Fresh off of his primary defeat, Rep. Madison Cawthorn (R-NC) on Thursday re-emerged with a threatening post on Instagram vowing vengeance with a “Dark MAGA” takeover.
In his post, Cawthorn praised right-wing figures who came to his defense “when it was not politically profitable.” The post includes a photo with a list of names of people he deems to be his allies such as former President Trump and Reps. Marjorie Taylor Greene (R-GA) and Matt Gaetz (R-FL).
Cawthorn wrote that he is “on a mission” aimed at ending “gentile politics.” (That eyebrow-raising turn of phrase was later edited to read “genteel politics.”)
He also name-checked the fringe online movement that calls itself “Dark MAGA.”
“I am on a mission now to expose those who say and promise one thing yet legislate and work towards another, self-profiteering, globalist goal,” Cawthorn wrote. “It’s time for the rise of the new right, it’s time for Dark MAGA to truly take command.”
Cawthorn’s primary challenge defeat on Tuesday night followed a series of controversies during his short-lived congressional career, which included his claims about “sexual perversion that goes on in Washington,” which apparently rattled his GOP colleagues.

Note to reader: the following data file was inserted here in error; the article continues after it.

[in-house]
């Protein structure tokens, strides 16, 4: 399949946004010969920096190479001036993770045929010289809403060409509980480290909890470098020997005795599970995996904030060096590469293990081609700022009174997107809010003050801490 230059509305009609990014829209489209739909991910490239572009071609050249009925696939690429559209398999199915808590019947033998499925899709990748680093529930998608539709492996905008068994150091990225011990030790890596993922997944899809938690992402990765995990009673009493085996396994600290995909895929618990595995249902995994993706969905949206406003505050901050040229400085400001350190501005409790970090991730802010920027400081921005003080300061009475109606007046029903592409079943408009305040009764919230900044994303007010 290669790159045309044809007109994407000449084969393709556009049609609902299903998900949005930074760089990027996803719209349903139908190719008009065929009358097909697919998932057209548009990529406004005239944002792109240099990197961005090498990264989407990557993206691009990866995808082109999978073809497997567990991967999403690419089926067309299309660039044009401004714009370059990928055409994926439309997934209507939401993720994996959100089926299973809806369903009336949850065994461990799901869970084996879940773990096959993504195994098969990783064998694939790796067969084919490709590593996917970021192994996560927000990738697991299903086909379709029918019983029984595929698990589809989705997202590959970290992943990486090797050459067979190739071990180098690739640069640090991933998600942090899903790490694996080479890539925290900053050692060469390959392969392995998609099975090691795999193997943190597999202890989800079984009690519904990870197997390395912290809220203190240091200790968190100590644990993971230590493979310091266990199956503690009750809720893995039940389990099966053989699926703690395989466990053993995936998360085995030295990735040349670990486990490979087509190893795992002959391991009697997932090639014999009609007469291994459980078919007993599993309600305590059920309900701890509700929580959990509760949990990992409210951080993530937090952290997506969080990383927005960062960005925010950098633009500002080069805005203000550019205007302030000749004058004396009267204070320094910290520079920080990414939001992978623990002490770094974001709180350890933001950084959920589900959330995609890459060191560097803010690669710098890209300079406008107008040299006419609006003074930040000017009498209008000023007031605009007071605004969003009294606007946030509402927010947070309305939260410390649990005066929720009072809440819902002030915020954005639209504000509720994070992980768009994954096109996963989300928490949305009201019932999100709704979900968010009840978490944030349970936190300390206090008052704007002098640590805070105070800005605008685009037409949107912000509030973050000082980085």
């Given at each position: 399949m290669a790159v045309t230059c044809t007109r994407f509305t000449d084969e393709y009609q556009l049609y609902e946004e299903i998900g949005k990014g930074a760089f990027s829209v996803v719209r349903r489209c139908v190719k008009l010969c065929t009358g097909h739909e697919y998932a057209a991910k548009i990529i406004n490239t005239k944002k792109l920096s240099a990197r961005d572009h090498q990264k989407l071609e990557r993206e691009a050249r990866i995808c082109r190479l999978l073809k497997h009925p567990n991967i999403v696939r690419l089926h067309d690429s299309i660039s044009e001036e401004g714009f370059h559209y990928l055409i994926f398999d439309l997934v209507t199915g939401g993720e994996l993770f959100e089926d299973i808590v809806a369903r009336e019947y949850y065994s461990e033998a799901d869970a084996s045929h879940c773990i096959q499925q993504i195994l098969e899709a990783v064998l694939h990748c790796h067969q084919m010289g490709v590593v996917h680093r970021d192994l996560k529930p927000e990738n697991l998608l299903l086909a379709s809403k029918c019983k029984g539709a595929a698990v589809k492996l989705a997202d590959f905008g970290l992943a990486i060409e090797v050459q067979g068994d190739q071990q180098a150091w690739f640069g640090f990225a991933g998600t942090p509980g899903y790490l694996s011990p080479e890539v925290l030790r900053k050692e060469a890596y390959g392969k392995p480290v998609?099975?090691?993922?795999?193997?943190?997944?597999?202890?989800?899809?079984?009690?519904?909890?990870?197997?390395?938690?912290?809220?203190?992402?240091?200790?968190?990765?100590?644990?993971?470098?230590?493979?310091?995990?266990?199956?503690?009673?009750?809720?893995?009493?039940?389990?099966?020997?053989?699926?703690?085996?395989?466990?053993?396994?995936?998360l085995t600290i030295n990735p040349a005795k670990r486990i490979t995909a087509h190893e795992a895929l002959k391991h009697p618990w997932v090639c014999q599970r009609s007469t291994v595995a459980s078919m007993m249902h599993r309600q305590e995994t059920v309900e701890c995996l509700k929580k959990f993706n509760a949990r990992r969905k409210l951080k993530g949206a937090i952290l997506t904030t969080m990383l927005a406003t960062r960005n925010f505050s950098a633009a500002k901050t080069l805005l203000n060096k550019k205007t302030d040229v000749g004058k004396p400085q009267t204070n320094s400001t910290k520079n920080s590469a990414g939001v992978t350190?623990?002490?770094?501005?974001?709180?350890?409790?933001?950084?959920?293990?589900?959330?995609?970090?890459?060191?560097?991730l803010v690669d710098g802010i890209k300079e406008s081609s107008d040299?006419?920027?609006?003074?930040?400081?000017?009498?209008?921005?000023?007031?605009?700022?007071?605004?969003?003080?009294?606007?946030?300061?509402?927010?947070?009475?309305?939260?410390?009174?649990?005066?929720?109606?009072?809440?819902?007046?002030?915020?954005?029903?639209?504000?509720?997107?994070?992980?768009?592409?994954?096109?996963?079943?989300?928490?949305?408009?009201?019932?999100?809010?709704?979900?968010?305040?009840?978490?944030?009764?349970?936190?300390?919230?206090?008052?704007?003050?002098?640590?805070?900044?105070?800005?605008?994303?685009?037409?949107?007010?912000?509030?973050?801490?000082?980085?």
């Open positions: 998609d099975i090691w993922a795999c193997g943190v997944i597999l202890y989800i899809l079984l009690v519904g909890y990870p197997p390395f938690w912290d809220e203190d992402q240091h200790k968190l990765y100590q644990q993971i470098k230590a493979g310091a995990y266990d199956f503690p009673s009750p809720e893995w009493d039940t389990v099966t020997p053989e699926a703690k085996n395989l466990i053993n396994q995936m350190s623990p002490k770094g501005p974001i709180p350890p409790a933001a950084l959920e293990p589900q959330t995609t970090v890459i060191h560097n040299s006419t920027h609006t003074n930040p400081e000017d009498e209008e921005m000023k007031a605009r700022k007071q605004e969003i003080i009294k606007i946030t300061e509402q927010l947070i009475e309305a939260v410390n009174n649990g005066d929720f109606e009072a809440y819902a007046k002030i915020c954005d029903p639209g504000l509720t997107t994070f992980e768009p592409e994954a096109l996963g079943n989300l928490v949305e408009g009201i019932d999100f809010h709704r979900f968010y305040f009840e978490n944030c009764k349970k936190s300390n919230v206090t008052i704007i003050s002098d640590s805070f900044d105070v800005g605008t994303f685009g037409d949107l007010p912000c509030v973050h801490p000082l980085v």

The so-called “Dark MAGA” movement calls for Trump to return to power in order to exact revenge on his enemies. It began as a campaign posting threatening Terminator-style memes on social media, but has now gained popularity among some of Trump’s prominent supporters such as Greene, as Insider explained last week. Earlier this month, Greene tweeted a meme in line with the “Dark MAGA” aesthetic, which often depicts Trump in black and red-tinted images with laser beams coming out of his eyes.
Despite lacking an explicit endorsement from Trump, the “Dark MAGA” movement continues to gain more traction among prominent right-wingers such as Jack Posobiec and Amanda Milieus.
Experts who spoke with Insider warn that “Dark MAGA,” with its aesthetic promoting nationalist and neo-Nazi imagery, could be the far-right’s latest efforts to push extremism online through the use of memes.
John Light contributed to this report.